How is it possible to know whether or not content strategy has changed over the past decade when many people do not even understand the term content strategy to begin with?
Kristina Halvorson writes that content strategy “plans for the creation, publication and governance of useful, usable content.” It is the content strategist’s job to come up with the content that will accompany any web design and that will attract the most viewers to stick onto the site as long as possible. While the concept of content strategy has been around for a few decades by now, it did not begin to gain traction towards the public eye until around 2008.
Since 2008, social media has encapsulated the world, and web browsing can be done from just about anywhere with a smart device. Due to these rapid changes in how humans operate and communicate with technology, it is vital that companies adapt or risk losing their customer base, and that includes changing their content strategy practices.
When you are thinking about what content you want to create, you are trying to “deliver a particular message” to your audience (“Between Data”). This means that in order to keep your audience engaged with your site, you need to deliver content that will tell a powerful story, yet get straight to the point. Back when websites could only be accessed via desktop computers, content strategists simply had to focus on the message their content was sending to their audience – which may have allowed for longer articles and the inclusion of about pages and mission pages. Due to the mobile and social revolution of the past decade, however, our attention spans have become much shorter, forcing companies to present their content much more efficiently. Jakob Nielsen writes that even though longer articles may be more informative, “if it takes too long to read, users will abandon the website and read shorter, easier pieces elsewhere.” These shorter and easier pieces will give the users exactly what they need, and if they wish to look more into it, then using hyperlinks to provide users more in-depth articles will maximize the time they spend on the site.
The technological advancements over the past decade have also “transformed the relationship between brands and their customers, placing the power firmly back in the hands of the latter” (Weisbeck). Customers have become needier and more impatient than ever, and if they cannot access or receive the information they want from your site within a very short timeframe, then they are going to bounce. Therefore, not only do content strategists need to figure out what type of content they are publishing, but how the content will be presented to the user. Daniel Weisbeck references Responsive Web Design (RWD), which is a design strategy that allows code that was intended for desktop websites to automatically “respond to” whichever device it is being presented on, and thus allow the users to have an optimized experience no matter which device they are using. Web designers and content strategists did not have to think about mobile devices as a source for internet browsing a decade ago, and its introduction is a major contributor to content strategists having to change their practices a bit.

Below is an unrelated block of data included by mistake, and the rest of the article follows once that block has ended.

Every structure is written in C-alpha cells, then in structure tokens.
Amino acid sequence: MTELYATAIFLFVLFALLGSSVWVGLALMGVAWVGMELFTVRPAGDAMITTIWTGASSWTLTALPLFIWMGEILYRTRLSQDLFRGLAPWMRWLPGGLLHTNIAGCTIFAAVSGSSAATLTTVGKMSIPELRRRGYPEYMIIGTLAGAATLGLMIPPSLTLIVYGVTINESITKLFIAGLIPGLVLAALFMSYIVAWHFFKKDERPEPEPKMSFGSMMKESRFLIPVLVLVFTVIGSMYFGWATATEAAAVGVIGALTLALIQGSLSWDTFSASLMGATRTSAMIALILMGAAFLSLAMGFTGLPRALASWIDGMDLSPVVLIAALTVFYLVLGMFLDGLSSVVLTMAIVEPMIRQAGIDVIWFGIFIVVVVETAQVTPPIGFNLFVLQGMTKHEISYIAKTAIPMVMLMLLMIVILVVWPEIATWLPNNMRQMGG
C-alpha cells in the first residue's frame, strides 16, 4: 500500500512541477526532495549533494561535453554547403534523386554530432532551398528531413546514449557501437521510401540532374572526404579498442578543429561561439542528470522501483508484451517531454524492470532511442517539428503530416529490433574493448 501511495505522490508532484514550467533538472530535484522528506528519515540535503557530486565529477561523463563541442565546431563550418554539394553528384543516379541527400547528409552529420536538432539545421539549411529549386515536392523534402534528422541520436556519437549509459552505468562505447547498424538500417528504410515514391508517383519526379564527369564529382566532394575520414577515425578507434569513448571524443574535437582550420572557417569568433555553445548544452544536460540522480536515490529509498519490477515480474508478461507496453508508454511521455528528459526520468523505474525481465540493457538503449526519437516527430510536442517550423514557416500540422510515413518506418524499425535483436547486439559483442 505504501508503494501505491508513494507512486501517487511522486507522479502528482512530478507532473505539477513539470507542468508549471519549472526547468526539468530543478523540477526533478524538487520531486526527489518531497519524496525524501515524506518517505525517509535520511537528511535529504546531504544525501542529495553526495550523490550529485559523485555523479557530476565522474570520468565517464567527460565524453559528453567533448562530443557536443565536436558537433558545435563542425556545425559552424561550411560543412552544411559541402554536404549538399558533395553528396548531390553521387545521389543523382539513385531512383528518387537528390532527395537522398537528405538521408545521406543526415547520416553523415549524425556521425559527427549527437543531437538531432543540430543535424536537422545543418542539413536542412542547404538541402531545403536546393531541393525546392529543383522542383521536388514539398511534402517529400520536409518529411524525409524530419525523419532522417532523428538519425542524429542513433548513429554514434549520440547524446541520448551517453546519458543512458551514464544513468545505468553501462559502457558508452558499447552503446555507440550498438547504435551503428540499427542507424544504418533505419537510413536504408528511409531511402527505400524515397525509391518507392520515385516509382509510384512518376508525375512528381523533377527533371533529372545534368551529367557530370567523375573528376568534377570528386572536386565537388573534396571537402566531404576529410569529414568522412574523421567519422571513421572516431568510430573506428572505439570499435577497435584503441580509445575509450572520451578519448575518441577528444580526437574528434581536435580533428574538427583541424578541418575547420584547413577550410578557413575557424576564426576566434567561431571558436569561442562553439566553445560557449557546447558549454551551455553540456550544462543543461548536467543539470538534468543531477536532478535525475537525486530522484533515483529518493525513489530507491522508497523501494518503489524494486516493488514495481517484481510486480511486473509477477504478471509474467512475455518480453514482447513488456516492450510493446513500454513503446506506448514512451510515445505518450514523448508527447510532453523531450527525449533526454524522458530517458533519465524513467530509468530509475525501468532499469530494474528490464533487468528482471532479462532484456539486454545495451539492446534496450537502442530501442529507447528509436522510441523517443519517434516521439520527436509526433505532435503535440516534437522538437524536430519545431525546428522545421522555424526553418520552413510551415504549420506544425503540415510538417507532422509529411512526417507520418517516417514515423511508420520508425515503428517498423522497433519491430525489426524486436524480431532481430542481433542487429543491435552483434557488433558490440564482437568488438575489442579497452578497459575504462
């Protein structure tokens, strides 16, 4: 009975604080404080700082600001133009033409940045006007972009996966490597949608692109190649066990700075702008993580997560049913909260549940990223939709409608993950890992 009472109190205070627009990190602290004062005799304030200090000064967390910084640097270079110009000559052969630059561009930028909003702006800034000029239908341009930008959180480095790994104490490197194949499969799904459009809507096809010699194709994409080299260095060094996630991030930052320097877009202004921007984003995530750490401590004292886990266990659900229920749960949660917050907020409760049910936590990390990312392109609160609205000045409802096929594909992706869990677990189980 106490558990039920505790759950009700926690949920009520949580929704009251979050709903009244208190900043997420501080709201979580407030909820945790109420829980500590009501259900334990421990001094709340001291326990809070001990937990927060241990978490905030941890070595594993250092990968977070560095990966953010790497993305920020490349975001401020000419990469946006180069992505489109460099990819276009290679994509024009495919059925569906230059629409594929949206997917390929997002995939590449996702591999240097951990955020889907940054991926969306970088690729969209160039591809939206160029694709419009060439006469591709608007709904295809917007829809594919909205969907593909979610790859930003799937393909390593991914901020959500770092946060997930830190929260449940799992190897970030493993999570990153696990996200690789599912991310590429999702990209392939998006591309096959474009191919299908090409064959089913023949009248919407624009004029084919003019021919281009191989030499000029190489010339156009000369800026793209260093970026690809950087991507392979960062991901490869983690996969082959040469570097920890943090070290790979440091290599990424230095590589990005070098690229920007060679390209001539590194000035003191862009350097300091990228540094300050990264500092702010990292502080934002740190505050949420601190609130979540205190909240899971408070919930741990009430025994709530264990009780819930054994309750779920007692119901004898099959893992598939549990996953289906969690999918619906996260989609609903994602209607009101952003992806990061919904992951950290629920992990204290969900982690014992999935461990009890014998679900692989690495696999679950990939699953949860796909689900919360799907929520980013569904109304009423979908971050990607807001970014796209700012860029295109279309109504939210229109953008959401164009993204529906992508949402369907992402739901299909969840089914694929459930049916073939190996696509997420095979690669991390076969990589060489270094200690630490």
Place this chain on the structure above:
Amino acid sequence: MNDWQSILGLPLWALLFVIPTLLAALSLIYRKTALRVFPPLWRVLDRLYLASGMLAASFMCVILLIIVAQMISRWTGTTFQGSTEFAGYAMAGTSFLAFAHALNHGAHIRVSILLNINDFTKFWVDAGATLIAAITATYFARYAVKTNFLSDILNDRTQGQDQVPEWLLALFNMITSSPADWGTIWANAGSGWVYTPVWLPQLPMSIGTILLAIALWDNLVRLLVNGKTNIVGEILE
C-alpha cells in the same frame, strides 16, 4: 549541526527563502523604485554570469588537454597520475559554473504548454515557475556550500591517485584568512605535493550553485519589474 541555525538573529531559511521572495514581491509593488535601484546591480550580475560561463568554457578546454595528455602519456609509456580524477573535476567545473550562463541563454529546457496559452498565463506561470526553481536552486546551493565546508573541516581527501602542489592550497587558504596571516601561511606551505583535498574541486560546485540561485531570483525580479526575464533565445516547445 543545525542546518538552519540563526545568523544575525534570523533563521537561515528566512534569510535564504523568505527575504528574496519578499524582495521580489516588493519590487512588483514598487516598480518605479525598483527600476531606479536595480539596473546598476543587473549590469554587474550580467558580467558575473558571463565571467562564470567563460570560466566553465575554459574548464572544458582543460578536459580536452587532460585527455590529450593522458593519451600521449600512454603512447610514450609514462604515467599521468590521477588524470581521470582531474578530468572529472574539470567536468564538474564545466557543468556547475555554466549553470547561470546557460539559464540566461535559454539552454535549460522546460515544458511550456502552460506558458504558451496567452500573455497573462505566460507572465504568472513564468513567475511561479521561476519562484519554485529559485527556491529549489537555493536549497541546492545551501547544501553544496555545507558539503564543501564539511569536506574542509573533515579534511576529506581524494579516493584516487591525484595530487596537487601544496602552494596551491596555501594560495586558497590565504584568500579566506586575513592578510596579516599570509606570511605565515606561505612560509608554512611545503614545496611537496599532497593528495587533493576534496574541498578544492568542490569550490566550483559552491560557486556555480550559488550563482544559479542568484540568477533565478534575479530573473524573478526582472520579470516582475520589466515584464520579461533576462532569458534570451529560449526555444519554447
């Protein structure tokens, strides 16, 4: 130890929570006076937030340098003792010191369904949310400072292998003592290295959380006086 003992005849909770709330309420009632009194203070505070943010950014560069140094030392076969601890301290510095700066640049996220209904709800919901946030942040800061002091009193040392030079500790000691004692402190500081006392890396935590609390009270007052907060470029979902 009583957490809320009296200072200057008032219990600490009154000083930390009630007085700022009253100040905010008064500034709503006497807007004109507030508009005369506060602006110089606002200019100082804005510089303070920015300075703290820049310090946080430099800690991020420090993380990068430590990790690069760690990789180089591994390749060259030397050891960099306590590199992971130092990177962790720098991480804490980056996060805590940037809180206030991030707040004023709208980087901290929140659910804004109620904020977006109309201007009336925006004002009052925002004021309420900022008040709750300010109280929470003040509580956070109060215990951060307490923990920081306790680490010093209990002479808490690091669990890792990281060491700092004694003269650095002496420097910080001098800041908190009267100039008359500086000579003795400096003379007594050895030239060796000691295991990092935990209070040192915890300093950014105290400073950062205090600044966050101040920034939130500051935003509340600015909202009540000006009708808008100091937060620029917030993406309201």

The last factor that shows changes in the practice of content strategy is the implementation of storytelling weaved within a brand’s journey in order to appear more engaging to the user. Storytelling is a great way for brands to “not only market their products and services but to become relatable and to build trust” (Bowman). If the story is capped with a gripping hook (such as a quote or statistic) and is filled with media such as video or images, then users will be much more likely to stick around as they continue listening to the rest of your story. In order to keep the users coming back to the story, the content strategists must continue supporting the content even after they have already published it, such as including new milestones into the story as the comapny hit them. This is why content strategists are tasked with not only creating and publishing their content, but with governing it once it is already out in the public.
All in all, the core fundamentals of content strategy may not have changed. Content strategists still have to focus on creating content, and making sure it is capturing the users’ attention in the most efficient way possible, but the rise of new technology and social communication have paved the way for new methods for content strategists to go about completing their job.
“A Brief History of Content Marketing.” GetApp, https://www.smartinsights.com/wp-content/uploads/2017/06/Infographic-History-Content-Marketing-Final.png
“Between data, information and content.” Excolo, 2014, http://excolo.com/information-v-content/
Bowman, Matt. “Make Storytelling a Part of Your Content Strategy in 2018.” Forbes, 24 May, 2018, https://www.forbes.com/sites/forbesagencycouncil/2018/05/24/make-storytelling-a-part-of-your-content-strategy-in-2018/#1f3070dd2a61
Halvorson, Kristina. “The Discipline of Content Strategy.” A List Apart, 16 Dec, 2008, https://alistapart.com/article/thedisciplineofcontentstrategy/
Kissane, Erin. “A Checklist for Content Work.” A List Apart, 8 Mar, 2011, https://alistapart.com/article/a-checklist-for-content-work/
Nielsen, Jakob. “Long vs. Short Articles as Content Strategy.” Nielsen Norman Group, 11 Nov, 2007, https://www.nngroup.com/articles/content-strategy-long-vs-short/?lm=content-strategy&pt=course
Weisbeck, Daneil. “Context is King – Long Live the King” WIRED, 2018, https://www.wired.com/insights/2014/01/context-king-long-live-king/